As a young child who daily anticipated watching The Mickey Mouse Club on our family’s black and white television console in the late 50’s, I could never have imagined that one day I would be paying more than $100 monthly for the privilege of viewing television programming. No one could. In those days, the airwaves were free, other than the cost of buying and installing a television set and an antenna.
Of course, at the time we had but three channels from which to choose. In 2010, many us of have 100, 200, or more channels of programming. Yet, scanning through the available selections, I often feel as I did in my youth that there is “nothing” of interest being aired. And, regardless of how many channels from which one has to choose, he can only really watch one of them at any given time.
Under those circumstances, $100 (or even $50, for that matter) seems a steep price to pay for television service. Reruns, paid programming (infomercials), and a litany of inane reality shows represent the majority of available entertainment (and I use that word loosely) aired daily.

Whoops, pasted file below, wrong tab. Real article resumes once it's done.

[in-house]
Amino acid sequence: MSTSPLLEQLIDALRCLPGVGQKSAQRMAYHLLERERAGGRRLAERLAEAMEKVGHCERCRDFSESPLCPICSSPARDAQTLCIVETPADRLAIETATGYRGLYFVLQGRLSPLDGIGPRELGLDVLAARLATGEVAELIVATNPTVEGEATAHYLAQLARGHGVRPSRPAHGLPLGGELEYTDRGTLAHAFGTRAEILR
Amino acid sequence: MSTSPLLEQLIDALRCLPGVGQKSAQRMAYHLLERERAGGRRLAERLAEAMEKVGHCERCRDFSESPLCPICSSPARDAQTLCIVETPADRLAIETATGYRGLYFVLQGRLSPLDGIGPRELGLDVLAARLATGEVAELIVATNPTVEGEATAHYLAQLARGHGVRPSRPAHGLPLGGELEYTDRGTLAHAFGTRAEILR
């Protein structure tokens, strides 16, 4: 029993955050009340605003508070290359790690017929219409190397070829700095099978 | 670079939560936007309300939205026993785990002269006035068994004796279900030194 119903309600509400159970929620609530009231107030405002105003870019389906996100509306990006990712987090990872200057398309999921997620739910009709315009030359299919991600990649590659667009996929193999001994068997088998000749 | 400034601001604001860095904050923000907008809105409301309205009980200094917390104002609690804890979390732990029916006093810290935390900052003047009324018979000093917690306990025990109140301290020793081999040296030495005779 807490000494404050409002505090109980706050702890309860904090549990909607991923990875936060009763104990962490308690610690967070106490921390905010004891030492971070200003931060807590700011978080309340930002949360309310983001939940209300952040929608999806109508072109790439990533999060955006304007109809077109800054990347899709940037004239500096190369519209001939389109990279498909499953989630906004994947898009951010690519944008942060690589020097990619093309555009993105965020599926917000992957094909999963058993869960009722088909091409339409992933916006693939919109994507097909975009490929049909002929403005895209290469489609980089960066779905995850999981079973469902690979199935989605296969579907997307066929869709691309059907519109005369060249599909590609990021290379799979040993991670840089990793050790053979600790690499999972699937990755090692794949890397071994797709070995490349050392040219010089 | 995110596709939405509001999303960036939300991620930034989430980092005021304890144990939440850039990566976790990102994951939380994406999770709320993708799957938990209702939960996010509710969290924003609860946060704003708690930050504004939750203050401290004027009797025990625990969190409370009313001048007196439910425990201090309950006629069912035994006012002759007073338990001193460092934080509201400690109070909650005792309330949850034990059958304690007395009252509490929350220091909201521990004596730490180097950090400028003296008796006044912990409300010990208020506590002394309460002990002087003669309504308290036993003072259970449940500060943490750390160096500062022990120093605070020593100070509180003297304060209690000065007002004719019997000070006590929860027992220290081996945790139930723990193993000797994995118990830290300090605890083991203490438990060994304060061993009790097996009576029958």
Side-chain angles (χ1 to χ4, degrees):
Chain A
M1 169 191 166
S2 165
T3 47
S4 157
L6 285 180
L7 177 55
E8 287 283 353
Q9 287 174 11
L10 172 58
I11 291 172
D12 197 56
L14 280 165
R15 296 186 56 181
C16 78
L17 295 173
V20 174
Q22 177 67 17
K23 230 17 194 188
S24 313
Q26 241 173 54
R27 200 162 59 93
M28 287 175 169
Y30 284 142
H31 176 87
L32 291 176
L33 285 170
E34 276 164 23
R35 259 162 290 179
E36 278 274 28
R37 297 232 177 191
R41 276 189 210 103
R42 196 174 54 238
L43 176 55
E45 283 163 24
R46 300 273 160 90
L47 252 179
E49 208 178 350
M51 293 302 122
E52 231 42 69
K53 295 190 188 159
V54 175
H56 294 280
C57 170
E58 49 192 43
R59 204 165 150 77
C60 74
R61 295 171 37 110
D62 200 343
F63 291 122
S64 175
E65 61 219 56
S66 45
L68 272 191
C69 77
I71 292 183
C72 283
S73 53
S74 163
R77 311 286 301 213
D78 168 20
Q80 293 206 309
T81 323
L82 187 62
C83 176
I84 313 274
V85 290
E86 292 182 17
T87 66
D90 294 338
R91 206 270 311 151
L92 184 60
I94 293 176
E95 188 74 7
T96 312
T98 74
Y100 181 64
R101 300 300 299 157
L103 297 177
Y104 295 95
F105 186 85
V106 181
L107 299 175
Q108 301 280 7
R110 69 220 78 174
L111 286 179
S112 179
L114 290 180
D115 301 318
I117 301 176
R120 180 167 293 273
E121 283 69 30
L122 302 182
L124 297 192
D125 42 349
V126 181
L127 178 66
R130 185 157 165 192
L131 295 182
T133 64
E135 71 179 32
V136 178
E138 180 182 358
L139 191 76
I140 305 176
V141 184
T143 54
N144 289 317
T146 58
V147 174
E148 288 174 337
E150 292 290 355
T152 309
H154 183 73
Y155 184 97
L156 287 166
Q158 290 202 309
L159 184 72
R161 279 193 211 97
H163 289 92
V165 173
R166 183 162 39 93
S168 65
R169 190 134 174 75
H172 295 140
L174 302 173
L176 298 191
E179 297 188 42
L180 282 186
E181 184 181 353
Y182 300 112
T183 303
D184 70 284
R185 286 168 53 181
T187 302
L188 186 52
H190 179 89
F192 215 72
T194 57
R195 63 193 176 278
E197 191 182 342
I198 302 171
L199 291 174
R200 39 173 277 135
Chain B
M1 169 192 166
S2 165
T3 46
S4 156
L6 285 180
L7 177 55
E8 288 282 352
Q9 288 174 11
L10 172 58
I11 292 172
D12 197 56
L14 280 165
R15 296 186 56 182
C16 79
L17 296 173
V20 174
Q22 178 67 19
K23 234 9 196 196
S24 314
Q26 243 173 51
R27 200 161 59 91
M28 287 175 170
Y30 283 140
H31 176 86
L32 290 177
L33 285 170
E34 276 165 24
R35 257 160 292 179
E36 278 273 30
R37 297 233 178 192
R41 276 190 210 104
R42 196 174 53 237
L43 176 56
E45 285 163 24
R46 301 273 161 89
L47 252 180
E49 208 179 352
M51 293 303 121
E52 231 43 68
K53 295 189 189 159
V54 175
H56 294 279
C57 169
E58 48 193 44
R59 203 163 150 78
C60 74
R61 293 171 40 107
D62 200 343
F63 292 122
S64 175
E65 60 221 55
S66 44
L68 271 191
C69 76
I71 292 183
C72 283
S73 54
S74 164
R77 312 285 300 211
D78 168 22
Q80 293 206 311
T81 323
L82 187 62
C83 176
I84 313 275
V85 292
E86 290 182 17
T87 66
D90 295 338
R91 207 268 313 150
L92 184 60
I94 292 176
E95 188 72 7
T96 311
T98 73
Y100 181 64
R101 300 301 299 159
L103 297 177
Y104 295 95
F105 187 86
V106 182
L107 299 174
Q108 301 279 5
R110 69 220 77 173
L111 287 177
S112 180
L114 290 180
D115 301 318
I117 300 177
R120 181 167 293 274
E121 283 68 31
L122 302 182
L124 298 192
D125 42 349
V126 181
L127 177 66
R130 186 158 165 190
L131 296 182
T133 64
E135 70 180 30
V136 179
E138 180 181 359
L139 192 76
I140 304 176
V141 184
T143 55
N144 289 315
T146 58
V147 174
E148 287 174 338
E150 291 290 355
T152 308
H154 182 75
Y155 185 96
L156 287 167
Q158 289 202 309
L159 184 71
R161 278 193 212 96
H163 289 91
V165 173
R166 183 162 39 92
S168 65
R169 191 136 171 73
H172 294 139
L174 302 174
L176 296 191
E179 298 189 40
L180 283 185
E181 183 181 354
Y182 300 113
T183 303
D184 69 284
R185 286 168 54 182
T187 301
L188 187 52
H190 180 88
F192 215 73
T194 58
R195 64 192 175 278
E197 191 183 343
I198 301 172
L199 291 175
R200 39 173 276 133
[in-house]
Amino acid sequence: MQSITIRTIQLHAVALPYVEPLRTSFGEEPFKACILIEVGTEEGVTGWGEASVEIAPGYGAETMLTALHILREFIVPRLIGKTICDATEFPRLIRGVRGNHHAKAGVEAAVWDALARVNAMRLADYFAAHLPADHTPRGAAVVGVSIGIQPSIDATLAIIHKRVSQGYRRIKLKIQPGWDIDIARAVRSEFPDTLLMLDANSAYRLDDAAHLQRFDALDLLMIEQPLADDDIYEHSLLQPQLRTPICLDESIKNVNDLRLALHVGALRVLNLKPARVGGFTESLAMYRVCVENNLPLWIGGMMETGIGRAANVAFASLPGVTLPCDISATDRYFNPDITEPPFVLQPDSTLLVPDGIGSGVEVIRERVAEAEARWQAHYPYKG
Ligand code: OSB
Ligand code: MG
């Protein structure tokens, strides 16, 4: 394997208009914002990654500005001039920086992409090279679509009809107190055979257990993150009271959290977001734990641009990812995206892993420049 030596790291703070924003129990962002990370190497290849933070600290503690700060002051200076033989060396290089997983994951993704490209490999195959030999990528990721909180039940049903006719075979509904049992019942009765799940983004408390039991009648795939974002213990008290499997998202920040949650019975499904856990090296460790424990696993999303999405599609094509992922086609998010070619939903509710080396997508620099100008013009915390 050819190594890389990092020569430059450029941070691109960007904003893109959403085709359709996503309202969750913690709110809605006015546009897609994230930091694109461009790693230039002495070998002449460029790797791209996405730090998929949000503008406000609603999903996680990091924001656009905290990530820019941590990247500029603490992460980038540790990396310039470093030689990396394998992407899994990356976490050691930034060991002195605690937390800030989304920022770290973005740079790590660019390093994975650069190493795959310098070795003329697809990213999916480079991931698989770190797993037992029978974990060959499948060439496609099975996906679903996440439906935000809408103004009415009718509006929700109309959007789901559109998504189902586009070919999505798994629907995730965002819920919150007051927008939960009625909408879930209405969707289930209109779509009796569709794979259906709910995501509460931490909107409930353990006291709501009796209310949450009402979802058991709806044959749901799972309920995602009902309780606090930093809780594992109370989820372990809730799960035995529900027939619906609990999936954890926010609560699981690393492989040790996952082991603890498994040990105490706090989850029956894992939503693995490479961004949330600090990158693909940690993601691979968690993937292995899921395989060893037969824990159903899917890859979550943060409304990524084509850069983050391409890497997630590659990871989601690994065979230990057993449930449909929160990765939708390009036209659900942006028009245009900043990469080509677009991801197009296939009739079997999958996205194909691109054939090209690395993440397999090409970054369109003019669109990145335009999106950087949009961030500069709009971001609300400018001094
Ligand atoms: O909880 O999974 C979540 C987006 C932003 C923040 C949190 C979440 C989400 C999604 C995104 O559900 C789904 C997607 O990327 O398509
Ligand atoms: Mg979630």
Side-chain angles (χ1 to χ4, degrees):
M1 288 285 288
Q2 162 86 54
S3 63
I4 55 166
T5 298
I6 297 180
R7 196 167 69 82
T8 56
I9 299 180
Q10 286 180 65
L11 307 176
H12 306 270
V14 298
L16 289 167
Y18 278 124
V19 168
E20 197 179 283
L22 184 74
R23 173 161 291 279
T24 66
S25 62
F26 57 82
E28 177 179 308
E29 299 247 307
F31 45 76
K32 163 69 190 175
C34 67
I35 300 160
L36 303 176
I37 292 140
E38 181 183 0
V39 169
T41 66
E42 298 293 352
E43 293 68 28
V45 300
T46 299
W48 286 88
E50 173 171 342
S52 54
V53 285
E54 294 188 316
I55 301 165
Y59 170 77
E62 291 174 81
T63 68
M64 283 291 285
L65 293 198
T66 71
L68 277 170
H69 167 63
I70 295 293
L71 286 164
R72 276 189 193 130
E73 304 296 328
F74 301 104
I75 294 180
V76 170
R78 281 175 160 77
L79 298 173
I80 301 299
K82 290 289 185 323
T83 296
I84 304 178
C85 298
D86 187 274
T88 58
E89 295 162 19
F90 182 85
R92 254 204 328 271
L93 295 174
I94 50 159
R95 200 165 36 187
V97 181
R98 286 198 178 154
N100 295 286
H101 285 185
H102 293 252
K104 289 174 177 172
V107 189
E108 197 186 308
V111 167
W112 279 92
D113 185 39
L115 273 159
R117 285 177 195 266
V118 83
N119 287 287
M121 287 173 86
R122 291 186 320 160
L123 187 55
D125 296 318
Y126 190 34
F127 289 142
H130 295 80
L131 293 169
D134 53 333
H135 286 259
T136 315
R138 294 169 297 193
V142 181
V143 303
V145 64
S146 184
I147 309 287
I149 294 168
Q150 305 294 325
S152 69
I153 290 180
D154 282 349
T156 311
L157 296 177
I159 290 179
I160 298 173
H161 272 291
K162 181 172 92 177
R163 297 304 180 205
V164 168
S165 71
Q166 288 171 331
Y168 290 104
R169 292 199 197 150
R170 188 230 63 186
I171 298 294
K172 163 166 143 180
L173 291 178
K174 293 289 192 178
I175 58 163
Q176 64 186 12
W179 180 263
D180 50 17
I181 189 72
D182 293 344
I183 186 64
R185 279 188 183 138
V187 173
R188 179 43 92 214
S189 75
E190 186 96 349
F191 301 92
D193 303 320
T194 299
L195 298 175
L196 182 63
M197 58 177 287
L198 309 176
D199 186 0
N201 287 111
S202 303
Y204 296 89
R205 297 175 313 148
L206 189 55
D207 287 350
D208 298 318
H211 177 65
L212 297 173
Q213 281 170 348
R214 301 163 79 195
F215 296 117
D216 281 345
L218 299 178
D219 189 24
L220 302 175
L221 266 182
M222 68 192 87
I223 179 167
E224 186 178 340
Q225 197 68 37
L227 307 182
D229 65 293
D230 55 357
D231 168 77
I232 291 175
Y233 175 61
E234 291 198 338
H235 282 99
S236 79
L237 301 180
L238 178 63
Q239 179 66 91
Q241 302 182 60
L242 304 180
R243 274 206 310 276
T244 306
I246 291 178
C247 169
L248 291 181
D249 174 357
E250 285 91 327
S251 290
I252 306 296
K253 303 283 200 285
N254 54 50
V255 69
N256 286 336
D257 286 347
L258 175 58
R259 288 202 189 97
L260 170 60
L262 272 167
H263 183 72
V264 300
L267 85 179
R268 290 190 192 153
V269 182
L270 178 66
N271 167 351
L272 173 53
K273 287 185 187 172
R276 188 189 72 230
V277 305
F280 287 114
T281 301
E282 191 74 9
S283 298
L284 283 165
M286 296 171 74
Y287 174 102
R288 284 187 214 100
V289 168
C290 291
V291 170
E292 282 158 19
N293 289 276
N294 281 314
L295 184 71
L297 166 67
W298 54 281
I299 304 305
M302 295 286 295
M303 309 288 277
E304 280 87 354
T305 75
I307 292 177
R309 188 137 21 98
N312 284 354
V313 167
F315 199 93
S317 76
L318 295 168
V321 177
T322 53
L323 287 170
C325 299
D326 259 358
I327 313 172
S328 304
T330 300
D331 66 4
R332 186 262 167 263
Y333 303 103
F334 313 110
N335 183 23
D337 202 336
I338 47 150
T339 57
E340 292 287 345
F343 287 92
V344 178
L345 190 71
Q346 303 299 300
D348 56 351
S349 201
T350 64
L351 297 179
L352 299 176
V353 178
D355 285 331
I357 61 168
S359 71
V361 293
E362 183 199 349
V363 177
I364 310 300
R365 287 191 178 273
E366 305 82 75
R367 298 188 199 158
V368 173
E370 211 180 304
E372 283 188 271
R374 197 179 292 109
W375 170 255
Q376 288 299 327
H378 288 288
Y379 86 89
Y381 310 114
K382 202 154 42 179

To my thinking, television service providers are akin to public utilities. Like your power company, providers of television services (cable or satellite) are regulated by the government. Unlike public utilities, however, providers of television services may charge whatever the market will bear. TV pricing, except for the basic channels, is unregulated.
As in any market, however, the value received by the customer is dependent upon competition among vendors. At one time, cable companies held a virtual monopoly over television services. You either purchased one of their packages or kept your antenna. Dish TV and other satellite television service providers often provide better value than your local cable company. Direct satellite TV offers usually best their cable counterparts’ special deals significantly.
Likewise, direct satellite television is widely recognized to be superior to cable in picture quality and number of high definition channels. Yet, for many consumers, cable’s ability to bundle VoIP telephone and/or high-speed Internet services with television programming trumps the quality of satellite television service.
The ultimate decision rests with each individual consumer. I for one, however, long for the days when I would put on my mouse ears and enjoy some milk and cookies as I watched the Mouseketeers on free TV.